'Alfa Romeo P2 1930' simulation project by pfernandez


#1

I created a new simulation project called 'Alfa Romeo P2 1930':

The 1930's P2 is a modified version of the car that won the first Automobile World Championship in 1925. Both car (by Carco) and mannequin (by Emmanuel Mahay) can be found at GrabCAD.


More of my public projects can be found here.


#2

You can’t be a true petrolhead until you’ve owned an Alfa Romeo
—Jeremy Clarkson.

And what best Alfa Romeo than an evolution of the first model to win the inaugural Automobile World Championship in 1925?

In this simulations I will compare different configurations:

  • Without and with driver. At the moment I’m having convergence issues with the latter.
  • Static wheels and rotating wall on the tires. Might try to implement an MRF simulation around to account for the effect of the wheel spokes.

The mesh is rather coarse: ~11M cells. I faced some problems with finer meshes; so this will have to do.

I’ll start with some plots and add more post-processing results during the following days.

Geometry

The 3D model of this italian race car is available in GrabCAD. For the CFD simulations I also wanted to add a driver. For this I took a mannequin from GrabCAD, designed by Emmanuel Mahay.

You may have clean-up the geometry before you upload it to SimScale. There are multiple choices, so use the CAD software you are most comfortable with. In this case I had to combine the car and the mannequin into a single file, which required scaling and positioning the figure.

Once the file is ready, you can upload your geometry to SimScale.

It’s time to double check the dimensions of your geometry. Remember, OpenFOAM works with meters.

If your output is a STL file, make sure you split it. If you do this with your CAD software it will make it easier to apply different boundary conditions on the object. e.g., rotating wall for the tires. Besides, you will need at least two faces for the boundary layer algorithm to work.

Mesh Operation

You can now create a new mesh from your geometry. By choosing Hex-dominant parametric you have greater control over the end result.

The number of cells in the _BaseMeshBox can be chosen after setting the dimensions of the box. The size of the box can be based on different assumptions. In this case I defined the virtual wind tunnel to be about 10 times the length of the car and 5 times the width and height of the model with the car position towards the inlet and the floor intersecting the tires in order to simulate a contact patch.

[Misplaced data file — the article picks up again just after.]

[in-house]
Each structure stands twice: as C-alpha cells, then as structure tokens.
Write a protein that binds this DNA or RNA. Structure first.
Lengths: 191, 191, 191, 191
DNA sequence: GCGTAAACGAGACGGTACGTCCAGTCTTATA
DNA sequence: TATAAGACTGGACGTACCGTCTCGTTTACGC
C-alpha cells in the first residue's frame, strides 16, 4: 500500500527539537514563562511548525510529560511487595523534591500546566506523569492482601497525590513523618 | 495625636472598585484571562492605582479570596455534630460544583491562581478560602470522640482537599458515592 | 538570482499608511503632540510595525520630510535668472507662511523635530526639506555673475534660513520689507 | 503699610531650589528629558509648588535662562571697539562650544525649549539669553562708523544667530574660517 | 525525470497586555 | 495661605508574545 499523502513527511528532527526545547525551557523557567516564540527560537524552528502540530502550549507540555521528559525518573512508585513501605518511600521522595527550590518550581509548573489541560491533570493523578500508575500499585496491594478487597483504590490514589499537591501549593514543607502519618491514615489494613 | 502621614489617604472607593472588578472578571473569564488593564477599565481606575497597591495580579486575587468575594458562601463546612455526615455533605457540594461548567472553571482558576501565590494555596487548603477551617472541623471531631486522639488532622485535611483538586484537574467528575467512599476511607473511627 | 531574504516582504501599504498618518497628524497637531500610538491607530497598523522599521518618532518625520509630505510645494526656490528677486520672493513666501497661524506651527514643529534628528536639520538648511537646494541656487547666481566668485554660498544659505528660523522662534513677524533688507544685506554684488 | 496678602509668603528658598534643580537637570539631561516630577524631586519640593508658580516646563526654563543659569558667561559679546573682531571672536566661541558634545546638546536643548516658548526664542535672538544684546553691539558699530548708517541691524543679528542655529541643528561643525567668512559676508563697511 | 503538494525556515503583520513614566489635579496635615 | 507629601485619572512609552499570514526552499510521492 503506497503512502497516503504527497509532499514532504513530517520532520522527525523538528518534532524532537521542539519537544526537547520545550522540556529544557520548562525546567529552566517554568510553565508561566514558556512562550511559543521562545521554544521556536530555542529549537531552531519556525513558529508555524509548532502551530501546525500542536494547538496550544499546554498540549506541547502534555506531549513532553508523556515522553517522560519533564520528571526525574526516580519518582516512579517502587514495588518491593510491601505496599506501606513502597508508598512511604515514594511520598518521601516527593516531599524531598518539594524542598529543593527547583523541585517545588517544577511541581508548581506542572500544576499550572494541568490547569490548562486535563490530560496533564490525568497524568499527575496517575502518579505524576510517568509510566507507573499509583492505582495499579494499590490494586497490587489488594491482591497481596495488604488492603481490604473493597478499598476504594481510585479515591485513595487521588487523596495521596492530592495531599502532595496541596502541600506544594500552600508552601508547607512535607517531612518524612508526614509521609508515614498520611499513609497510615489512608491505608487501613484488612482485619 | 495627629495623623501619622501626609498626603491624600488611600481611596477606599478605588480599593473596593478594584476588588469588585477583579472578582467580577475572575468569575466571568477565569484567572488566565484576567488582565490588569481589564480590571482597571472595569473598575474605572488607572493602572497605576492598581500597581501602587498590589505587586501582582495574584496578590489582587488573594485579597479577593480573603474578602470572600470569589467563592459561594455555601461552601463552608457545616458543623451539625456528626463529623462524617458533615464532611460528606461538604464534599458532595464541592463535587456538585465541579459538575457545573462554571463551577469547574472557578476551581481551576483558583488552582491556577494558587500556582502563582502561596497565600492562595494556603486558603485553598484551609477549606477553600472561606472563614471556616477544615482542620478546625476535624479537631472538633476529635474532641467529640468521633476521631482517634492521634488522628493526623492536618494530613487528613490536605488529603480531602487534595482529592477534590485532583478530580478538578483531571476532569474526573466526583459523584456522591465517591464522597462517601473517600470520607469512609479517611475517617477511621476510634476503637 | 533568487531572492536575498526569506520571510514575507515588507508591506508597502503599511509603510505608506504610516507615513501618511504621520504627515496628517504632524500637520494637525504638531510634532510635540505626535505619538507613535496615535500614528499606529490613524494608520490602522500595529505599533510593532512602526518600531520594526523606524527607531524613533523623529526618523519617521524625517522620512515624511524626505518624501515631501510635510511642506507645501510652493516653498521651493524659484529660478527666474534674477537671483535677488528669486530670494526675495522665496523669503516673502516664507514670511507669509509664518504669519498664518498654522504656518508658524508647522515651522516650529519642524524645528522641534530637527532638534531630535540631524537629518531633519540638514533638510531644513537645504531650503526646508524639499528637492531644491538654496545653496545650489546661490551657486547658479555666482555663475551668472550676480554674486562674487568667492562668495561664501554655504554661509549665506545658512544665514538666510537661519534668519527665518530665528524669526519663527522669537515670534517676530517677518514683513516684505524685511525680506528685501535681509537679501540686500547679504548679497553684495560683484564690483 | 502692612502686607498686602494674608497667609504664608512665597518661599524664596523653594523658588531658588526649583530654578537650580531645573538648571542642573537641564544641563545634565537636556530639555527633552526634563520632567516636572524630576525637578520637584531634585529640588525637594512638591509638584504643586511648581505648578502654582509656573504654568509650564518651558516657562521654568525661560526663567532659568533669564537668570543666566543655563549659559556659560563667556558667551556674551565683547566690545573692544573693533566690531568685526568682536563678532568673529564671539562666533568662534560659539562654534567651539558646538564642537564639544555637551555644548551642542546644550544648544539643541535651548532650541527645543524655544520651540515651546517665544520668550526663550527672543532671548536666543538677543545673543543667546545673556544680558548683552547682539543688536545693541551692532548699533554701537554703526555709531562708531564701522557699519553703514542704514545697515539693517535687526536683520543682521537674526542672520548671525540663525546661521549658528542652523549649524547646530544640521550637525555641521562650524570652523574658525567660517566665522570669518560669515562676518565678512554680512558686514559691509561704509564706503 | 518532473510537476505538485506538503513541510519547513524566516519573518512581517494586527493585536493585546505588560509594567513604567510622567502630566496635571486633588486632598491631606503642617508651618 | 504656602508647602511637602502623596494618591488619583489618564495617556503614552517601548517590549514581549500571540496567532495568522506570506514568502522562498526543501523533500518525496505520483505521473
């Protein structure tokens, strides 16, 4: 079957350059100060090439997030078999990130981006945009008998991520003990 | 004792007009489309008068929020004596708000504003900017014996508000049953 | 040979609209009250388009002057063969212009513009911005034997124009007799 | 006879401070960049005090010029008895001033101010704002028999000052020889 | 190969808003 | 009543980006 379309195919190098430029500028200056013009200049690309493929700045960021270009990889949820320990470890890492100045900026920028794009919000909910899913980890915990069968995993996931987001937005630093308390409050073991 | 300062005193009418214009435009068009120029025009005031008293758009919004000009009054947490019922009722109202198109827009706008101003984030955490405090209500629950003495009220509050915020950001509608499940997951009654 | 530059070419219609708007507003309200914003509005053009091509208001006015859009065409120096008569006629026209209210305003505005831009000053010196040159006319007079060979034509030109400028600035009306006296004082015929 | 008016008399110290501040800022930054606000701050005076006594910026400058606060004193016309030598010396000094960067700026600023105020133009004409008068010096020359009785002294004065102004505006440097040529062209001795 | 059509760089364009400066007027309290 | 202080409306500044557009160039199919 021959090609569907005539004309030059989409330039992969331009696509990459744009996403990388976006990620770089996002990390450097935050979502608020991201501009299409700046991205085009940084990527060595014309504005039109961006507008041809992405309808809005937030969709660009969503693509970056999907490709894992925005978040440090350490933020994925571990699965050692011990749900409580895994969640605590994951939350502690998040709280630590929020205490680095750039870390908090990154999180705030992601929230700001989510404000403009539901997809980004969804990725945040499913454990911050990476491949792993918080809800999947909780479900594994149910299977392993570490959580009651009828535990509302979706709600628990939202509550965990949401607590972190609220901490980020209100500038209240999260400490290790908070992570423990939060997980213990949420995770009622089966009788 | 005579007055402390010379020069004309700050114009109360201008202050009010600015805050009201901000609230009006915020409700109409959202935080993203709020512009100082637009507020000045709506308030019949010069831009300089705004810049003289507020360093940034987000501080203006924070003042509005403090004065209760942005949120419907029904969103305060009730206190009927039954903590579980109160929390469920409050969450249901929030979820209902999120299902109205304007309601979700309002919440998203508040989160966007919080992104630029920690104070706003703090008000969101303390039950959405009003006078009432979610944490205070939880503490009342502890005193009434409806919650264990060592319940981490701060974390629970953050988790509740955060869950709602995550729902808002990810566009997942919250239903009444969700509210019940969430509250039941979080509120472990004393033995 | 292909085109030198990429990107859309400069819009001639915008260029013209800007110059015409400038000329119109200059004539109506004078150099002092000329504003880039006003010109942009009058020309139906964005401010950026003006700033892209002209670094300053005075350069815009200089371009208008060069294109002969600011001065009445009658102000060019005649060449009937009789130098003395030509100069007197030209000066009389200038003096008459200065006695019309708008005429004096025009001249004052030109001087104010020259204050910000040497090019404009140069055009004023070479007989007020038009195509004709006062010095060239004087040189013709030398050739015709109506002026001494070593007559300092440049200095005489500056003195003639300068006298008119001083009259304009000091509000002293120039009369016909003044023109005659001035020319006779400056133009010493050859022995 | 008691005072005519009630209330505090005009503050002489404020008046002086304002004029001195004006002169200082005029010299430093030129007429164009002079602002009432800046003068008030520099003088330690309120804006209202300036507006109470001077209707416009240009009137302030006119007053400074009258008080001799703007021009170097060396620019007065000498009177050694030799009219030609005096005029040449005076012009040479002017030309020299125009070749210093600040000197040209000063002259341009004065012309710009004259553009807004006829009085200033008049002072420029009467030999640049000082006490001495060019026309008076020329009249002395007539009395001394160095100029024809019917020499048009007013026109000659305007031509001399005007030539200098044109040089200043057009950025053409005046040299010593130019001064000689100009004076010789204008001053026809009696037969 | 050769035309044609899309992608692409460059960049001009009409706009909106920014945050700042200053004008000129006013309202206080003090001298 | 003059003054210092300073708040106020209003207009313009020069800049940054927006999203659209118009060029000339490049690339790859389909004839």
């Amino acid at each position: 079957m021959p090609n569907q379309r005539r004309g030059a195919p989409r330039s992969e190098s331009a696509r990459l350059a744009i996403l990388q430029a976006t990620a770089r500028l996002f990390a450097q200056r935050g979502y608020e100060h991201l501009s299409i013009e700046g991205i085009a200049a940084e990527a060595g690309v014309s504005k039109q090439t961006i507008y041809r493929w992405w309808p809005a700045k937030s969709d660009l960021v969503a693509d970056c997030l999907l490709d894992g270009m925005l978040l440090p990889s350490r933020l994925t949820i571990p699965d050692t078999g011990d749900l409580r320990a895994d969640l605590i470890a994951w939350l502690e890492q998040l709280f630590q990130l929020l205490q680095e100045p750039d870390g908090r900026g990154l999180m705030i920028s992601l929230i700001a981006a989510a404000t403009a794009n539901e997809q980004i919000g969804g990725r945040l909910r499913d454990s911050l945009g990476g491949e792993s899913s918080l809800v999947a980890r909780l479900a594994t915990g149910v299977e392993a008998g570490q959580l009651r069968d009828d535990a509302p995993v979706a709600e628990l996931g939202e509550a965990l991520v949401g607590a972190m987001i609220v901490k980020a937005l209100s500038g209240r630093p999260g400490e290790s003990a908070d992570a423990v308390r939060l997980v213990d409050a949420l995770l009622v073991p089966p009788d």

Once defined the dimensions of the bounding box, you can go back to the Operation and define the number of cells. I have created this Google Sheet to get an estimation of the cell size and number of cells per refinement level. This will help us make informed decisions later on.

Specify the material point to be within the fluid domain.

Mesh refinements

There are different kinds of refinements we can apply to our model in snappyHexMesh. Take a look at this tour by Engys for a comprehensive description of many of its features.

Features

The feature refinement identifies sharp edges on the geometry. In SimScale define the level to 0 because I just want to identify them so the meshing algorithm can take them into account. The cell size around the edges will be that of the surfaces close to it.

Wake

In order to capture the wake we define a region with finer mesh around and behind the vehicle. For that we create a geometry primitive to define the volume we want to refine.

The refinement level was taken based on the spreadsheet calculations shared above.

Surfaces

The surface refinement for this geometry was split into three areas:

  • Wheels: with a refinement level up to 7 (~2.6 mm) in order to capture the wheelspokes.
  • Surface: general surface refinement up to level 6 (~5.2 mm) to capture most of the details of the vehicle.
  • Surface coarse: with a refinement level up to 5 (~10.4 mm) for the large pannels of the bodywork.

Layers

In this simulation I left the default settings for layer addition on the faces of the vehicle and the tunnel floor.

The result is a mesh of ~11 million cells.

Simulation Designer

Add a new simulation for incompressible steady-state fluid dynamics.